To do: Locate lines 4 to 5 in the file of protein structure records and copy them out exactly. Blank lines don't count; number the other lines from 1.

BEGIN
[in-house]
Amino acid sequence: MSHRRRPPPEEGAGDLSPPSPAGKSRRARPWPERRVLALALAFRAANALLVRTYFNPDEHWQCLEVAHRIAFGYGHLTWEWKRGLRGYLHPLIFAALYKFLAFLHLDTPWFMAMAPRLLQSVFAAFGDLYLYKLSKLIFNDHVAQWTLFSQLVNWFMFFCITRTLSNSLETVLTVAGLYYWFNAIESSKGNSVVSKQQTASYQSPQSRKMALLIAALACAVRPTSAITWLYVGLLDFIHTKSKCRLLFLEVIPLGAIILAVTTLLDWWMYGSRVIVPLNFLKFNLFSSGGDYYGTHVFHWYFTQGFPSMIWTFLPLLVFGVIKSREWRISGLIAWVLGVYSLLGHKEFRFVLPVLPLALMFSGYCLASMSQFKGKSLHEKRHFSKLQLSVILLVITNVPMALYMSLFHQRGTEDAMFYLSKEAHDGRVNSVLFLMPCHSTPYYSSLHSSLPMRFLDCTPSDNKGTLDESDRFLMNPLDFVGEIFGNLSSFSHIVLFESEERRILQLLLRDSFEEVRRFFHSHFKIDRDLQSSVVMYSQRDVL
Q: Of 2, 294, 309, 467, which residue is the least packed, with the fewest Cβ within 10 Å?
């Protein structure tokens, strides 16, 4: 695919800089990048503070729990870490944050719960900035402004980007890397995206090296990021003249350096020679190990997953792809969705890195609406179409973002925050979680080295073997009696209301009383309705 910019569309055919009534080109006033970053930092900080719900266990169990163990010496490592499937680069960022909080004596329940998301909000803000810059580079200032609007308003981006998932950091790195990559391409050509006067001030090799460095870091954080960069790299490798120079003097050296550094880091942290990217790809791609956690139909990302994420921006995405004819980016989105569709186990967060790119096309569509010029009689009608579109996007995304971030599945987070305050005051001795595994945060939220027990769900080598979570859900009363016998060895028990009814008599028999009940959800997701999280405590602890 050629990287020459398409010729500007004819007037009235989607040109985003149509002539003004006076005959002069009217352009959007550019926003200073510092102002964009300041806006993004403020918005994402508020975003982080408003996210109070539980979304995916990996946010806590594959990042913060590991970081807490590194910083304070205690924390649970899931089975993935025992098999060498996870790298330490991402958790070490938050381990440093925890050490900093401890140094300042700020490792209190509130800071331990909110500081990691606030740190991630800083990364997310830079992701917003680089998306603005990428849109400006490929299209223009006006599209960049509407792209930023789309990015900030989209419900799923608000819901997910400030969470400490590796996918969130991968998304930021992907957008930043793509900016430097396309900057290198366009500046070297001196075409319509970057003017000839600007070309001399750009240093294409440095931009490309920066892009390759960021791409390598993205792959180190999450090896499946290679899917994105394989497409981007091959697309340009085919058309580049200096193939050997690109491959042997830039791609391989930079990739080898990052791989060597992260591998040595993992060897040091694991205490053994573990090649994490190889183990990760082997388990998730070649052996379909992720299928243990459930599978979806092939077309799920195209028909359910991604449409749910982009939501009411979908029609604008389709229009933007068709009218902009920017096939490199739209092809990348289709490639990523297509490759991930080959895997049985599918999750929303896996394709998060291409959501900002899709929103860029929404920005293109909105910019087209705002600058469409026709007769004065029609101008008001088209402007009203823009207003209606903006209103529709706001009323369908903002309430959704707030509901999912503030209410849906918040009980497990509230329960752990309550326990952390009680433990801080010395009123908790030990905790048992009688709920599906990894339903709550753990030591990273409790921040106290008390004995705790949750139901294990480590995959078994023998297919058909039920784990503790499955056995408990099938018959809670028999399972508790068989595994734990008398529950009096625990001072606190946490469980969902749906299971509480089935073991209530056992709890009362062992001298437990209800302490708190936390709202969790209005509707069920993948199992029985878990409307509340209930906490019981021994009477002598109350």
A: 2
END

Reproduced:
């Protein structure tokens, strides 16, 4: 695919800089990048503070729990870490944050719960900035402004980007890397995206090296990021003249350096020679190990997953792809969705890195609406179409973002925050979680080295073997009696209301009383309705 910019569309055919009534080109006033970053930092900080719900266990169990163990010496490592499937680069960022909080004596329940998301909000803000810059580079200032609007308003981006998932950091790195990559391409050509006067001030090799460095870091954080960069790299490798120079003097050296550094880091942290990217790809791609956690139909990302994420921006995405004819980016989105569709186990967060790119096309569509010029009689009608579109996007995304971030599945987070305050005051001795595994945060939220027990769900080598979570859900009363016998060895028990009814008599028999009940959800997701999280405590602890 050629990287020459398409010729500007004819007037009235989607040109985003149509002539003004006076005959002069009217352009959007550019926003200073510092102002964009300041806006993004403020918005994402508020975003982080408003996210109070539980979304995916990996946010806590594959990042913060590991970081807490590194910083304070205690924390649970899931089975993935025992098999060498996870790298330490991402958790070490938050381990440093925890050490900093401890140094300042700020490792209190509130800071331990909110500081990691606030740190991630800083990364997310830079992701917003680089998306603005990428849109400006490929299209223009006006599209960049509407792209930023789309990015900030989209419900799923608000819901997910400030969470400490590796996918969130991968998304930021992907957008930043793509900016430097396309900057290198366009500046070297001196075409319509970057003017000839600007070309001399750009240093294409440095931009490309920066892009390759960021791409390598993205792959180190999450090896499946290679899917994105394989497409981007091959697309340009085919058309580049200096193939050997690109491959042997830039791609391989930079990739080898990052791989060597992260591998040595993992060897040091694991205490053994573990090649994490190889183990990760082997388990998730070649052996379909992720299928243990459930599978979806092939077309799920195209028909359910991604449409749910982009939501009411979908029609604008389709229009933007068709009218902009920017096939490199739209092809990348289709490639990523297509490759991930080959895997049985599918999750929303896996394709998060291409959501900002899709929103860029929404920005293109909105910019087209705002600058469409026709007769004065029609101008008001088209402007009203823009207003209606903006209103529709706001009323369908903002309430959704707030509901999912503030209410849906918040009980497990509230329960752990309550326990952390009680433990801080010395009123908790030990905790048992009688709920599906990894339903709550753990030591990273409790921040106290008390004995705790949750139901294990480590995959078994023998297919058909039920784990503790499955056995408990099938018959809670028999399972508790068989595994734990008398529950009096625990001072606190946490469980969902749906299971509480089935073991209530056992709890009362062992001298437990209800302490708190936390709202969790209005509707069920993948199992029985878990409307509340209930906490019981021994009477002598109350």
A: 2